Author: Mark Burdon, Burdon Pharmacy Group

Core Belief: Community Pharmacy Works

‘We have unique strengths and deliver immensely valuable benefits to patients, communities and the NHS. The network of local pharmacies must remain the beating heart of pharmaceutical care in the community.’

Ade Williams is the Superintendent pharmacist at Bedminster Pharmacy in Bristol. Bedminster is a multi-award winning pharmacy, including 4 titles at this years C+D Awards 2017 where Ade himself was crowned as both Community Pharmacist of the Year and Manager of the Year.

As a new parent, I have found myself many times observing how the newborn’s journey parallels the story of community pharmacy presently. (Health warning: excessive coffee ingestion and sleep deprivation does play a part in this).

Baby plays with his toys, then after a short time pays no attention anymore to the lights, sounds and props all expertly affixed to withstand the falls, strains and pulls that he dishes out to it. He simply moves on. This is apparently very common behaviour, his mum read up on it. Rather than chase him about with the toy looking distressed (my ploy), mum takes it away and reintroduces it to him after a few days. The skill and expertise that put the toy together, is once again tested, as joyful playtime and relief (mine) sets in.

The question I ask is why do we take things of value for granted?

I do feel community pharmacy remains the underestimated, undervalued resource at the bottom of the NHS pile, that gets called upon reluctantly and yet consistently delivers for the NHS, time and again beyond expectation. Thankfully, our patients don’t have this recollective failure. A focus on our dispensing role – its efficiency, value for money and safety – continually finds that we are not just good but more importantly outstanding contributors to patient health and NHS financial value.

Just look at the key health phrases trending presently such as deprescribing, social isolation, loneliness, wellness, polypharmacy. No other part of the NHS family has the patient trust and experience at tackling these things like we do.

We have a professional obligation to ensure appropriate, safe and effective use of medicines. We are community health and wellbeing hubs, the interface between primary, secondary and social care. We understand and manage the crises that occur daily. Our safeguarding and patient care role make it our prerogative to help our patients to attain and maintain wellness not limited to just their health challenges.

All pharmacies refer into, work with and in some instances even set up projects of their own to offer social prescribing solutions to their communities. Add these to the wide range of screening and health promotional services, advanced services like vaccinations, usage reviews, new medicines support, commissioned lifestyle support and coaching services, you not only see that community pharmacy works but gasp and ask how do they do it?

Communities across the country signed a petition saying in effect, “my community pharmacy works for me in a way nothing else does, please do not take it away” – they should know. We work with other health practitioners, voluntary and charitable groups to deliver and champion the best care locally. Our skills are ever-evolving. Over one million flu vaccinations in community pharmacy last flu season is a testament to how we up skill, engage and deliver for our patients.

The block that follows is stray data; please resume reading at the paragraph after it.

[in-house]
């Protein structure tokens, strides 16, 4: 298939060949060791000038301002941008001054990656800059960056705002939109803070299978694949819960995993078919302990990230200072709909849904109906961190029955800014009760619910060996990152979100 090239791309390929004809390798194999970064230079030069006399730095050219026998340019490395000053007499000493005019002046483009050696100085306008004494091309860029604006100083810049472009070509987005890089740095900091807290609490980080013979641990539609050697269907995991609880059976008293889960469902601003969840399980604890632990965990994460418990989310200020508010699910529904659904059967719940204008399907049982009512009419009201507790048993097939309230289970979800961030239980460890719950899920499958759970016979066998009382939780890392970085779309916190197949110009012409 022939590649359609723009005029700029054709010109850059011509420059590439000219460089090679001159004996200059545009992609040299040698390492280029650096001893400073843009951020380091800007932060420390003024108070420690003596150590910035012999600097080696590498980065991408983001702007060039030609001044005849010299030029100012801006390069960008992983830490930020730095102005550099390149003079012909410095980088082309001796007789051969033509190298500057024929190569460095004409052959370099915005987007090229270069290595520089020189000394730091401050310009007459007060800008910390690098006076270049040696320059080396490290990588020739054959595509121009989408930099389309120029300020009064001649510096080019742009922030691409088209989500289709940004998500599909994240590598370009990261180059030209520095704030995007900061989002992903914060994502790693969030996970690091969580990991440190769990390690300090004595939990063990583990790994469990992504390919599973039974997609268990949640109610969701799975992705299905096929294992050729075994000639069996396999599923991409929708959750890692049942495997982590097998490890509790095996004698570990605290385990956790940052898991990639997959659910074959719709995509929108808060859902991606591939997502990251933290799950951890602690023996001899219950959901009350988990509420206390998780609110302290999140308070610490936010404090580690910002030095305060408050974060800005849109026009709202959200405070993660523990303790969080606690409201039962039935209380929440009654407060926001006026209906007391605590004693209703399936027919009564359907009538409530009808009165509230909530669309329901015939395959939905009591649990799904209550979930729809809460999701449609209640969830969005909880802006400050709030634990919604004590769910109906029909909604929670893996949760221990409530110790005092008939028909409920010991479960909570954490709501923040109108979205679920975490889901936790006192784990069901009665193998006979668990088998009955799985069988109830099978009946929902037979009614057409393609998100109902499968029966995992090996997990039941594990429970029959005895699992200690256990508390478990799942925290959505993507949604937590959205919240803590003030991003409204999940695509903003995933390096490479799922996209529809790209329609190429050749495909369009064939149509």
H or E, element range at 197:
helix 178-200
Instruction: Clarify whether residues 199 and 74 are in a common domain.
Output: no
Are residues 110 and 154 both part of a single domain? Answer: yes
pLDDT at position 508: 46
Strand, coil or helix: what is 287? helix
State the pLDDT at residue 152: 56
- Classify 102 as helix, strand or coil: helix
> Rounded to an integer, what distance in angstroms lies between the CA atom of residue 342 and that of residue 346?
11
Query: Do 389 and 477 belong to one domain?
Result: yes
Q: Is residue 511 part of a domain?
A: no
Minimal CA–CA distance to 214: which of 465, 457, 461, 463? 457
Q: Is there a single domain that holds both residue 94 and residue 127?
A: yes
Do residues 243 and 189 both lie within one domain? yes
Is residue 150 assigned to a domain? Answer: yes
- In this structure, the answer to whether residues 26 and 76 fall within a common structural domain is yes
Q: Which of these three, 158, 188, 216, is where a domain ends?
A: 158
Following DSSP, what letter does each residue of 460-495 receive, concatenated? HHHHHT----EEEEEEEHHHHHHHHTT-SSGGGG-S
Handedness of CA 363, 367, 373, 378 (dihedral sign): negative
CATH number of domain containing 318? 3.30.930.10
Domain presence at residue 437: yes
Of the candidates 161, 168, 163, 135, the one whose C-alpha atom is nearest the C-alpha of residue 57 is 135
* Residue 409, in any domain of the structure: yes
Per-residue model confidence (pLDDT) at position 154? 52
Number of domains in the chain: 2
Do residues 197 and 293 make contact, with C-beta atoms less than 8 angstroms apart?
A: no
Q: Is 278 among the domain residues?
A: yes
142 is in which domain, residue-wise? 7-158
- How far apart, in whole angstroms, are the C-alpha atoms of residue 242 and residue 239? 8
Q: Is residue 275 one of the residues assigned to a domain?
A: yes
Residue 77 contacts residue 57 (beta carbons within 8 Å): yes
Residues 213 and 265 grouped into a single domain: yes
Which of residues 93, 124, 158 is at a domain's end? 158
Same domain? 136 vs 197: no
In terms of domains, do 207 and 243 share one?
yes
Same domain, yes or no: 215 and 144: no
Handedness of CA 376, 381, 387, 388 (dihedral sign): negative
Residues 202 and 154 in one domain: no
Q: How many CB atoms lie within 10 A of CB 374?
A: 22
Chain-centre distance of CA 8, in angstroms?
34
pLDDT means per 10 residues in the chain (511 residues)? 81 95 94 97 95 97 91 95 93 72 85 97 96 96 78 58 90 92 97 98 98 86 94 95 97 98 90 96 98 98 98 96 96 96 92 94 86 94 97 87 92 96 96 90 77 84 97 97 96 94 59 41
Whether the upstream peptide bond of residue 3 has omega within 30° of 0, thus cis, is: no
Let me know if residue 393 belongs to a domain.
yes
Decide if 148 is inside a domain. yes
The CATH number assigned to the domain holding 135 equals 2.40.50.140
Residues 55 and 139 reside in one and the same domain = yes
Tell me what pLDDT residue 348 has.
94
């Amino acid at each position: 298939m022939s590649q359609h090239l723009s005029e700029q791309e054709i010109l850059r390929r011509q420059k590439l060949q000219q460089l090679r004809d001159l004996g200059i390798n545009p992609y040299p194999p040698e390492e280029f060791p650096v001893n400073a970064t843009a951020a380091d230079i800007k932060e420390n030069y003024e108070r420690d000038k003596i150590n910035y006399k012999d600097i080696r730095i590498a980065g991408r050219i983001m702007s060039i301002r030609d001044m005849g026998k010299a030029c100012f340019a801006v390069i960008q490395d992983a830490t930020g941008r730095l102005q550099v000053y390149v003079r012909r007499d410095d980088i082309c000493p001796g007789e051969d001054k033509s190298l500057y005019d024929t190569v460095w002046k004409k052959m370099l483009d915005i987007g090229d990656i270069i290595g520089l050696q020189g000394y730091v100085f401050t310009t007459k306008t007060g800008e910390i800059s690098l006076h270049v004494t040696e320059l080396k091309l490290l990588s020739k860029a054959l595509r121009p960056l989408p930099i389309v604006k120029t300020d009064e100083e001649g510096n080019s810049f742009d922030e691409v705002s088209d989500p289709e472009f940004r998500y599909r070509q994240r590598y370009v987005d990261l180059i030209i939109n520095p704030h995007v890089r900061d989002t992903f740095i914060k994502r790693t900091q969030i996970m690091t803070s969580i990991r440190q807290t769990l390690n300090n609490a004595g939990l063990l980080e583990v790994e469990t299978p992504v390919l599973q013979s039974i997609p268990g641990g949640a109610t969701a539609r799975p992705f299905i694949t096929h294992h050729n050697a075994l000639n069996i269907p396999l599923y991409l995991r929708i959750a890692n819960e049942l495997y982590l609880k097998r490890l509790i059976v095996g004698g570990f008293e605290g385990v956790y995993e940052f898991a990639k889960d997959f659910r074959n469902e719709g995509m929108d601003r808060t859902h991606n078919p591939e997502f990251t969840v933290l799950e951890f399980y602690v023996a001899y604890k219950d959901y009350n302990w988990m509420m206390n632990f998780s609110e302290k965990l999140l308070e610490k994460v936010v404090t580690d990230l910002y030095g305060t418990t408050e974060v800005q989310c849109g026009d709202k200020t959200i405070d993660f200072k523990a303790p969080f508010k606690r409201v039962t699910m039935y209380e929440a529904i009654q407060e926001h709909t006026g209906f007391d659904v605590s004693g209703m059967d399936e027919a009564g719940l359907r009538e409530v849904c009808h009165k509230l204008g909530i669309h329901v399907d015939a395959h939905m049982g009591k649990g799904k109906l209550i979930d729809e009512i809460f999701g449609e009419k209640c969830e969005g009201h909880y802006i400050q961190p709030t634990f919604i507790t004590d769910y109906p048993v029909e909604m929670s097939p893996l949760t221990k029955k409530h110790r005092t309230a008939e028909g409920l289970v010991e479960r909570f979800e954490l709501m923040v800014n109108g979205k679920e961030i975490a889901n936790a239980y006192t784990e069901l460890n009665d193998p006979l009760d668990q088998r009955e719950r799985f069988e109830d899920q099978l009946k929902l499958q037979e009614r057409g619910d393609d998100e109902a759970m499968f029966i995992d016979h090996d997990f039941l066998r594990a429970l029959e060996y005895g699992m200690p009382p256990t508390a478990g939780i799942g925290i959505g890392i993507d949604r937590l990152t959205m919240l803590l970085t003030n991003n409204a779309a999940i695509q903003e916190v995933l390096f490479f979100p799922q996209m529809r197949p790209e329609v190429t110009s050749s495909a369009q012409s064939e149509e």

My continual patient interactions make my role fulfilling. This is facilitated because I work in the context of a supply model which makes my skill and expertise readily available alongside providing their prescribed medications. Mr Smith may only come in for aspirin tablets, but he knows I will make time to look at the rash on his back in the consultation room. He is caring for his wife who has cancer so, with the pressures of being a time constrained carer and increasing difficulty getting a GP appointment, he may well rather trouble no one and do nothing.

He knows that the pharmacist is accessible and knowledgeable. The surgery knows that too. A call to request that Mr Smith sees the GP as an emergency is prioritised.

We are their triage resource; clinicians on the high street. Self-care advocates with the knowledge and expertise readily used to help them manage their torrent of anxious patients, increasingly discontented with long appointment waits due to the national GP shortage.

Mr Smith has shingles and he is in great discomfort. He would just have soldiered on, putting his wife who is undergoing chemotherapy treatment at great risk. It’s not a just a prescription supply that we provide next; the medicine delivery service is part of the wrap-around care involving managing his repeat medicines and liaising with the district nursing team.

We understand social factors, patient behaviour, and clinical and medicinal information. Ironically, the things we are most likely to take for granted are what we should value the most. Community Pharmacy is in my opinion greatly undervalued and underappreciated.

If the strain on our health system is trying to manage access to health professionals whilst promoting better lifestyle choices and self-care, why would we close the doors of a single community pharmacy?

We are a resilient, proven cost-effective NHS resource, trusted and valued in our communities. Just, imagine what would happen if the government truly allowed us to fulfil our potential.